Please stop doing unnecessary pelvic exams
EBM Focus - Volume 15, Issue 9
Reference: JAMA Intern Med. 2020 Jan 6.
Pelvic exams are uncomfortable, anxiety-provoking, and can lead to false-positive test results, unnecessary treatments, and overdiagnosis. Until relatively recently, pelvic examinations were included as part of annual check-ups for asymptomatic women. Starting In 2014, organizations including the American College of Physicians and the American Academy of Family Physicians began to recommend against screening pelvic exams in nonpregnant women, extending these recommendations to the Choosing Wisely Campaign. In 2017, the US Preventative Task Force (USPSTF) found insufficient evidence to assess the benefits and harms of screening pelvic exams in asymptomatic, nonpregnant women, and the American College of Obstetricians and Gynecologists (ACOG) published a 2018 recommendation that pelvic exams be conducted only in patients with relevant symptoms or medical history. Pelvic exams are no longer considered necessary to screen for sexually transmitted illnesses (STIs) or before beginning contraception (except for an intrauterine device [IUD]). Furthermore, routine screening for cervical cancer with a Pap test in women under the age of 21 is no longer recommended by the USPSTF, ACOG, or the American Cancer Society.
The National Survey of Family Growth (NSFG) included women and men aged 15-44 years and examined health care utilization in the United States from September 2011 to September 2017. A recent study using these survey data included 3,410 female respondents aged 15-20 years who answered questions about whether they’d received a bimanual pelvic examination (BPE) or Pap test. Medical indications for a BPE included pregnancy, IUD use, treatment for an STI in the past 12 months, or other medical concern. If a respondent received a BPE without one of these indications, it was considered potentially medically unnecessary. Pap tests were considered medically unnecessary for all respondents because cervical cancer screening is not recommended in women under age 21 years, except in women with HIV who are sexually active. Information about HIV status was not collected as part of the NSFG.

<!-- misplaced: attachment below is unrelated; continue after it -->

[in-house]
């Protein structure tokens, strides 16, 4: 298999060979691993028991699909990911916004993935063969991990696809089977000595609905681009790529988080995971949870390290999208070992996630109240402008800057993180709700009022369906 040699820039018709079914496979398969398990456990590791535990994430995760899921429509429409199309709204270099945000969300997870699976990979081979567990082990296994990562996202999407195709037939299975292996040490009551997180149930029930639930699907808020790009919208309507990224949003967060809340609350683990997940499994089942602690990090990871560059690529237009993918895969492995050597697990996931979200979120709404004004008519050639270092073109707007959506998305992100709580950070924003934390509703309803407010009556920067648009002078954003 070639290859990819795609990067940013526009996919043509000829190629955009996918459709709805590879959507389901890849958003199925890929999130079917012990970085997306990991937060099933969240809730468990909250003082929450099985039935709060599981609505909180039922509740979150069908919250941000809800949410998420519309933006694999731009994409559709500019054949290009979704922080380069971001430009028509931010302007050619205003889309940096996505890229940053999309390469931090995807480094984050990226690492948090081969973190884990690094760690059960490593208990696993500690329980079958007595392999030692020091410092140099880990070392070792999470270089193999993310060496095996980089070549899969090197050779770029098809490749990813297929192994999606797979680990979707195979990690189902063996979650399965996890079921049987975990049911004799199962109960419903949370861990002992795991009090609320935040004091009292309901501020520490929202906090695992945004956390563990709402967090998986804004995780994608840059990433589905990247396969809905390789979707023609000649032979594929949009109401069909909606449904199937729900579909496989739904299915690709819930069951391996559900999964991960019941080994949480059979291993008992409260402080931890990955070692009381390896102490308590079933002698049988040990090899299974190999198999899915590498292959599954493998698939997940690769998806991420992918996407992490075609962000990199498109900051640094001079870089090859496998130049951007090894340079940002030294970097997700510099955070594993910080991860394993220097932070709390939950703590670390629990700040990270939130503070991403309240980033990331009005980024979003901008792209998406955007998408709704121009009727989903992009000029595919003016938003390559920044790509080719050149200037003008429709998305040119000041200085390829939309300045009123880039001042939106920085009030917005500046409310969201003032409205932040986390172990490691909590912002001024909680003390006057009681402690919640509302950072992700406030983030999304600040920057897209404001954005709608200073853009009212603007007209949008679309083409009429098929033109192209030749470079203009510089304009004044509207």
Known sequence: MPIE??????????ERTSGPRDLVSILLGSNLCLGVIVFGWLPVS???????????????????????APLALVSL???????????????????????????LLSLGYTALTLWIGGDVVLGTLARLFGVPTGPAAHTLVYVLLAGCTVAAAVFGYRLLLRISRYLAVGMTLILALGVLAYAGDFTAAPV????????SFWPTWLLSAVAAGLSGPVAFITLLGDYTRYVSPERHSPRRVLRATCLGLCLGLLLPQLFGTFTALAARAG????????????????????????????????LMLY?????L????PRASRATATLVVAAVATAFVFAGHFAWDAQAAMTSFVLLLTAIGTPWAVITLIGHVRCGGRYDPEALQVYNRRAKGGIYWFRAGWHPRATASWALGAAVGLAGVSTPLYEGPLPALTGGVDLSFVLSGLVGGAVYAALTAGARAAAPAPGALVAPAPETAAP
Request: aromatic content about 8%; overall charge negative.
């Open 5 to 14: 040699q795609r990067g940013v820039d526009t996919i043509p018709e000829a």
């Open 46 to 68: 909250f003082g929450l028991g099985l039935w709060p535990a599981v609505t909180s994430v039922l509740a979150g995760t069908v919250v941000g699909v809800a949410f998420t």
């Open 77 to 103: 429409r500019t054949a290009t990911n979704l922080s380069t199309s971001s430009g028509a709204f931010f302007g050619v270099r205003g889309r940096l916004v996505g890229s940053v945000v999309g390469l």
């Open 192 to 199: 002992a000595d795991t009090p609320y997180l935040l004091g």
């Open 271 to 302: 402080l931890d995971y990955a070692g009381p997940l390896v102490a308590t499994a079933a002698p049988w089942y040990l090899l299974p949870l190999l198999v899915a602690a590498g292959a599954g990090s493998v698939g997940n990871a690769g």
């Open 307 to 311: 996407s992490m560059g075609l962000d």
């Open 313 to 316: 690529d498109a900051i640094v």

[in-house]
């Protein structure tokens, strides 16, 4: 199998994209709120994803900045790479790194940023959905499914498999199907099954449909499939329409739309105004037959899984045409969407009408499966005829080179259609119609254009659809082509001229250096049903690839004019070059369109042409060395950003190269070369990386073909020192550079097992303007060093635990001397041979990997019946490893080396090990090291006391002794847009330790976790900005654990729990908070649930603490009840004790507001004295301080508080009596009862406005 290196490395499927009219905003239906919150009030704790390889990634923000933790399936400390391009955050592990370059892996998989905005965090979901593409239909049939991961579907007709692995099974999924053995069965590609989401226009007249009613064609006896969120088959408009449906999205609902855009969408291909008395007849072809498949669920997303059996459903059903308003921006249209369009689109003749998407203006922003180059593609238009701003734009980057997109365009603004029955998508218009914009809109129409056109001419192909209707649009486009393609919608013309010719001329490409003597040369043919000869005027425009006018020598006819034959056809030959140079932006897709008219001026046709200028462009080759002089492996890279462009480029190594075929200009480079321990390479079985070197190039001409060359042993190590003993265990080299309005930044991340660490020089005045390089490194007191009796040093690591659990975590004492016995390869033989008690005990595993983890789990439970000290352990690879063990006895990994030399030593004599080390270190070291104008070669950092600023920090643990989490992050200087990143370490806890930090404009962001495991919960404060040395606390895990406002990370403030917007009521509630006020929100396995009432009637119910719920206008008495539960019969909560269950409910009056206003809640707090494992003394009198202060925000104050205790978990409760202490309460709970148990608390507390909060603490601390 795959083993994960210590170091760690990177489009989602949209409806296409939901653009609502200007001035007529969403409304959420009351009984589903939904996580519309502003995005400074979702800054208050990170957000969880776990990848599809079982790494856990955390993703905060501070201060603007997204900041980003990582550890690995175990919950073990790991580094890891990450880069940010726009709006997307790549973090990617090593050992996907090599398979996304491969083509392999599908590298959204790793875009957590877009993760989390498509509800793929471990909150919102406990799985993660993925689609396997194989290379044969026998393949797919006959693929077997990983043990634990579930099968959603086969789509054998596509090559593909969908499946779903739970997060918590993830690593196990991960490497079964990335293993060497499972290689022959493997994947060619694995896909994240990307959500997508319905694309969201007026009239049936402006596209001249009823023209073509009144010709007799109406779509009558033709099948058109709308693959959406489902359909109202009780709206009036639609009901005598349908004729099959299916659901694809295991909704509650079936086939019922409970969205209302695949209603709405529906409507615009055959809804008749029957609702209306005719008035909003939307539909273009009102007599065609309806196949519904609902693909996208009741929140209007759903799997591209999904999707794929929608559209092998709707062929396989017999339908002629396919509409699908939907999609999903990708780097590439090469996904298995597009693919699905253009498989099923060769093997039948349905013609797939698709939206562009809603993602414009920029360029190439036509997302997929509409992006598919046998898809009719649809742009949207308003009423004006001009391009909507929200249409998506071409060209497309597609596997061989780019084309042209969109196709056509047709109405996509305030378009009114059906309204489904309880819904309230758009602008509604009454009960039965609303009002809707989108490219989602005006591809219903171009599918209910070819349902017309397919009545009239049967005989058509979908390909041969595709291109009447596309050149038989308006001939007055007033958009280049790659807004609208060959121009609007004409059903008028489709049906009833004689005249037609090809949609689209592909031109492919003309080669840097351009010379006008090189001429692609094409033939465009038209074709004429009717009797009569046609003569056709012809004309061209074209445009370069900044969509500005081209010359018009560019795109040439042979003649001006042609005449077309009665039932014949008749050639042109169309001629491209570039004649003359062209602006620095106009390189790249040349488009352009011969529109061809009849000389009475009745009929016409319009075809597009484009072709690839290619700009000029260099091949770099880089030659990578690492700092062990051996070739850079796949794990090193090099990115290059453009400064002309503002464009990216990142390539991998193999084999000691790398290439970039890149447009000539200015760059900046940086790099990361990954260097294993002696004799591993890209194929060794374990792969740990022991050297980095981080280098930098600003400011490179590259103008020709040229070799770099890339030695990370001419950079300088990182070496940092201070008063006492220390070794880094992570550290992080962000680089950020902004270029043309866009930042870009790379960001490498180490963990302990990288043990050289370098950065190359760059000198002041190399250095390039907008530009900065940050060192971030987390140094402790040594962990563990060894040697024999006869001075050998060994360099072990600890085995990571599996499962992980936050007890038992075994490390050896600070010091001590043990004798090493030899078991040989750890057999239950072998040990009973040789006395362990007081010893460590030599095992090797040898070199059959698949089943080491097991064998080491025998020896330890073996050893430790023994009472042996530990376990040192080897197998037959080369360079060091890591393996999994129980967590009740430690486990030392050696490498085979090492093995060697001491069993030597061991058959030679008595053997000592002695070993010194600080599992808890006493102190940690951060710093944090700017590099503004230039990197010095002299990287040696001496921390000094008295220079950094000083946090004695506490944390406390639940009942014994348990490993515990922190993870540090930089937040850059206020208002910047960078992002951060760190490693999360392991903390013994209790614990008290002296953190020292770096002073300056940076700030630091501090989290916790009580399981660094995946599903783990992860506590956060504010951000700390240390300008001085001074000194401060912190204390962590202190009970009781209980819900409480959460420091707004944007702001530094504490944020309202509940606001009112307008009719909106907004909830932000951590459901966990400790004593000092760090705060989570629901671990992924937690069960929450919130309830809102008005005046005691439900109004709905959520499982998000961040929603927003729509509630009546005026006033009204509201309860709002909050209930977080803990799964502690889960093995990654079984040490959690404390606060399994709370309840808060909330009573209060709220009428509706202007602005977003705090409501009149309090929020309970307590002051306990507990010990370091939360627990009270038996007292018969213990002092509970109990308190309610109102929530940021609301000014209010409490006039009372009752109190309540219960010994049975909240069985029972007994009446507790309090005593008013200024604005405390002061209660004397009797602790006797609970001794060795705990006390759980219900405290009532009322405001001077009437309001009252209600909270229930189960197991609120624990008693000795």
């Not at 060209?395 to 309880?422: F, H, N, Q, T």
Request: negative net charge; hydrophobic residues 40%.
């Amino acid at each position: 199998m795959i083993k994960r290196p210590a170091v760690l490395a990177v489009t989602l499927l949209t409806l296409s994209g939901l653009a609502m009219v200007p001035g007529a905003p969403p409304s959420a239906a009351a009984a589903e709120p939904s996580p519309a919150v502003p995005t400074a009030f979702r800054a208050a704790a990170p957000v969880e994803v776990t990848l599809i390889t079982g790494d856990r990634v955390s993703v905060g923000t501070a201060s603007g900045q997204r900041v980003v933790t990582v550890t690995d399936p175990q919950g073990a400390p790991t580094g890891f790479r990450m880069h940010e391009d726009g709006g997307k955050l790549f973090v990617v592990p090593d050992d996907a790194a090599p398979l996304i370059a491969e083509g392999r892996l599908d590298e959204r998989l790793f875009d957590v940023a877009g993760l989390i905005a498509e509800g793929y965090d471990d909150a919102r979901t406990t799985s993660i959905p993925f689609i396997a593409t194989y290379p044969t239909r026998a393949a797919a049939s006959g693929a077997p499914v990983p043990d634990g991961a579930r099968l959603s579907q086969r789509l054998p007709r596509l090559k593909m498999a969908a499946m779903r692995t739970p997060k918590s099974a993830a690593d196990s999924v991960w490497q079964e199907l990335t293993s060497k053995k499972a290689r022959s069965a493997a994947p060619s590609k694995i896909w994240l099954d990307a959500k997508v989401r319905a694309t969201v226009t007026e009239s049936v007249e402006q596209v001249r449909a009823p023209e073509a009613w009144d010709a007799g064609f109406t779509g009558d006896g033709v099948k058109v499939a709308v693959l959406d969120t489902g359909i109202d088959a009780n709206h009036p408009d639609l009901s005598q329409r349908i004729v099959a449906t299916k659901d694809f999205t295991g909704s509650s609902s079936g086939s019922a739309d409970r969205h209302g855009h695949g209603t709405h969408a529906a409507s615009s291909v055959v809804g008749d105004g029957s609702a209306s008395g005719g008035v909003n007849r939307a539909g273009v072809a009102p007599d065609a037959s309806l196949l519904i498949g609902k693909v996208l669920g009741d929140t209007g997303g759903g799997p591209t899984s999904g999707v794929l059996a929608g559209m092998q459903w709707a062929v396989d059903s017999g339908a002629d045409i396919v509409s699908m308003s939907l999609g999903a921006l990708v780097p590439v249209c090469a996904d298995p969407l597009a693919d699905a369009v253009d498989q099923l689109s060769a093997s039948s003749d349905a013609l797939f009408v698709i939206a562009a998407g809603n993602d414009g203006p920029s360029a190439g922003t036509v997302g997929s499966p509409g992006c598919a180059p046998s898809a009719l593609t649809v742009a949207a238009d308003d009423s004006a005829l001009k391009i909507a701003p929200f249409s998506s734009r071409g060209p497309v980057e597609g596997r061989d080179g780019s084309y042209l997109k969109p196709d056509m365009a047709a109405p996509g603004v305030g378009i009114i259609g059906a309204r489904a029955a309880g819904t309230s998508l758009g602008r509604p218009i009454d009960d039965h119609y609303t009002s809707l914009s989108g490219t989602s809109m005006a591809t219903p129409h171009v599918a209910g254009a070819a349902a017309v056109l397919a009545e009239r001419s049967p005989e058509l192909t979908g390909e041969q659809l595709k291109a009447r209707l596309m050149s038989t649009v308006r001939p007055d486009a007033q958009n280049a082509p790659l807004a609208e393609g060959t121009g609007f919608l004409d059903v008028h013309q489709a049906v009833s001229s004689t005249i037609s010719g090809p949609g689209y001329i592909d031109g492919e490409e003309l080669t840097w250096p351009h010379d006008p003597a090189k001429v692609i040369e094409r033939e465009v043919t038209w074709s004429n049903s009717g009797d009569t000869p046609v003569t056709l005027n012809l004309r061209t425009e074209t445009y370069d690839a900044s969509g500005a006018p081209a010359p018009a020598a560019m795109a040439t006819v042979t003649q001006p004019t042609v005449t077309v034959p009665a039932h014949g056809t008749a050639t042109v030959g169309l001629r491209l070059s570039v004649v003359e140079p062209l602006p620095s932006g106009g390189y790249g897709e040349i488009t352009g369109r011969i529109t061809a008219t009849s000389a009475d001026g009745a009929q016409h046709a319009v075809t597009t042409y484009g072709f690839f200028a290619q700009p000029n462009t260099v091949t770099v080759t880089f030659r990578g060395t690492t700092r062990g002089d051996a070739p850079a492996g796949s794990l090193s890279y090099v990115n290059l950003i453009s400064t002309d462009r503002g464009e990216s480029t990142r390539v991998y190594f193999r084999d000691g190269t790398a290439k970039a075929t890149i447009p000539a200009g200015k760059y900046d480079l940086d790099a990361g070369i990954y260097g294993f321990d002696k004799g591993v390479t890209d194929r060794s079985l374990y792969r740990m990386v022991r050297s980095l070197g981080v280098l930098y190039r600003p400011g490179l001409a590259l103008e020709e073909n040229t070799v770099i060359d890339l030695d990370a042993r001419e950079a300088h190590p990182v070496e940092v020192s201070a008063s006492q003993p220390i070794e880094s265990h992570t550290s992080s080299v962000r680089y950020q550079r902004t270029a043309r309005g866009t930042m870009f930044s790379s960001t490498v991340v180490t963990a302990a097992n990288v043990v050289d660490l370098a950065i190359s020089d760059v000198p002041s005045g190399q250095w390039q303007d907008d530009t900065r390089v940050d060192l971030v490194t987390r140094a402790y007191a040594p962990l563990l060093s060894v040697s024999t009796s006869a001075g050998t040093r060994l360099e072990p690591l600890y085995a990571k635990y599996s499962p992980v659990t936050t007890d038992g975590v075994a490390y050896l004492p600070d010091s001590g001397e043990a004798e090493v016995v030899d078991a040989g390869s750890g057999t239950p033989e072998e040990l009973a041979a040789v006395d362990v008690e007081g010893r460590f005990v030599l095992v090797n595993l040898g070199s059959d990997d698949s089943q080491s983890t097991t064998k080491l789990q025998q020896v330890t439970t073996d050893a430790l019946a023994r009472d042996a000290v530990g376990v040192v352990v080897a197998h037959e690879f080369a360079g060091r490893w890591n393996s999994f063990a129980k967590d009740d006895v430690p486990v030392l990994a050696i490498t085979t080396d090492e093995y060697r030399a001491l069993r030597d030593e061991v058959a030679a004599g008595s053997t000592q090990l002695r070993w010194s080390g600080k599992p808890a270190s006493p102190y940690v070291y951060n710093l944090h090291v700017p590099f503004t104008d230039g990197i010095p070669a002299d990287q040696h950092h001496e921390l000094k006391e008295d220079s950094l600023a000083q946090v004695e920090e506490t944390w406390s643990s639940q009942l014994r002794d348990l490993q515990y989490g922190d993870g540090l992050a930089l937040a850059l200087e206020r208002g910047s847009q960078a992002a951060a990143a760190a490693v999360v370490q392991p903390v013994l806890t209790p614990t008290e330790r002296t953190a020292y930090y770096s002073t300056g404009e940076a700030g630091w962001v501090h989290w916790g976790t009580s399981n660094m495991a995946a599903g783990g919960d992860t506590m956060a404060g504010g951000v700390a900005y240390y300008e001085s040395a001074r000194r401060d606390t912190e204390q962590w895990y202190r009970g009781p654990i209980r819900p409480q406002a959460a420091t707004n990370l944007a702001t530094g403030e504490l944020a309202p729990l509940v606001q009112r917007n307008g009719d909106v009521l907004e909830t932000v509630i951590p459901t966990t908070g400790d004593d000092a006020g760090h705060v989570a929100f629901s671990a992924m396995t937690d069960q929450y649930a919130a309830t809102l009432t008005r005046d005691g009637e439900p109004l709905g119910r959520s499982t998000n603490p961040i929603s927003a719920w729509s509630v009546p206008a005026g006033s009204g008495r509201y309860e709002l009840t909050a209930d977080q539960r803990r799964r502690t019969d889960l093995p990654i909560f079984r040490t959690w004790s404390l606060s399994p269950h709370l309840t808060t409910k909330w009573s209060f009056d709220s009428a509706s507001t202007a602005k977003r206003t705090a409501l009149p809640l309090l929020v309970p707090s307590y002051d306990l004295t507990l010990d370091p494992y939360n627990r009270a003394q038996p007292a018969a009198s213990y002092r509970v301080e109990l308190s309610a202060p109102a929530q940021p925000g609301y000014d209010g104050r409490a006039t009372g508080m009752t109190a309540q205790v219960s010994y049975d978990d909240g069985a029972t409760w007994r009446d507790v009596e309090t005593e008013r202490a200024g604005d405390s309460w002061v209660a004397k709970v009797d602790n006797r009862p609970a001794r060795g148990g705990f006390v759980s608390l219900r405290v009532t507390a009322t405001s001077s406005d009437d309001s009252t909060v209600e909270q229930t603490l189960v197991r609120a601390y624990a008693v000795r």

About a quarter (23%) of the 3,410 women included in this study received a BPE in the prior 12 months, and 54% of these examinations were determined to be potentially unnecessary. Nineteen percent of women had received a Pap test in the past year (all potentially medically unnecessary). The vast majority (97.7%) of unnecessary BPEs were performed during the same visit as an unnecessary Pap test.
These findings indicate that many adolescent women in the United States receive an unnecessary pelvic exam despite guidelines recommending against this. However, because the NSFG data collection began before the publication of some of the guidelines that now recommend against unnecessary BPEs in this population, it is difficult to determine from this study whether rates of unnecessary exams have decreased since their publication. Unnecessary exams appear to be more commonly provided for women who are receiving STI screening or using contraception, despite neither hormonal contraception nor STI screening being considered sufficient justification. Clinicians who perform unnecessary BPEs also appear to be more likely to perform unnecessary Pap tests. This study highlights the need for a major educational outreach program to speed the adoption of the current evidence-based guidelines.
For more information, see the topic Cervical Cancer Screening in DynaMed.
DynaMed EBM Focus Editorial Team
This EBM Focus was written by Terri Levine, PhD, Senior Medical Writer in Obstetrics and Gynecology at DynaMed. Edited by Alan Ehrlich, MD, Executive Editor at DynaMed and Associate Professor in Family Medicine at the University of Massachusetts Medical School, Dan Randall, MD, Deputy Editor for Internal Medicine at DynaMed, and Katharine DeGeorge, MD, MS, Associate Professor of Family Medicine at the University of Virginia and Clinical Editor at DynaMed.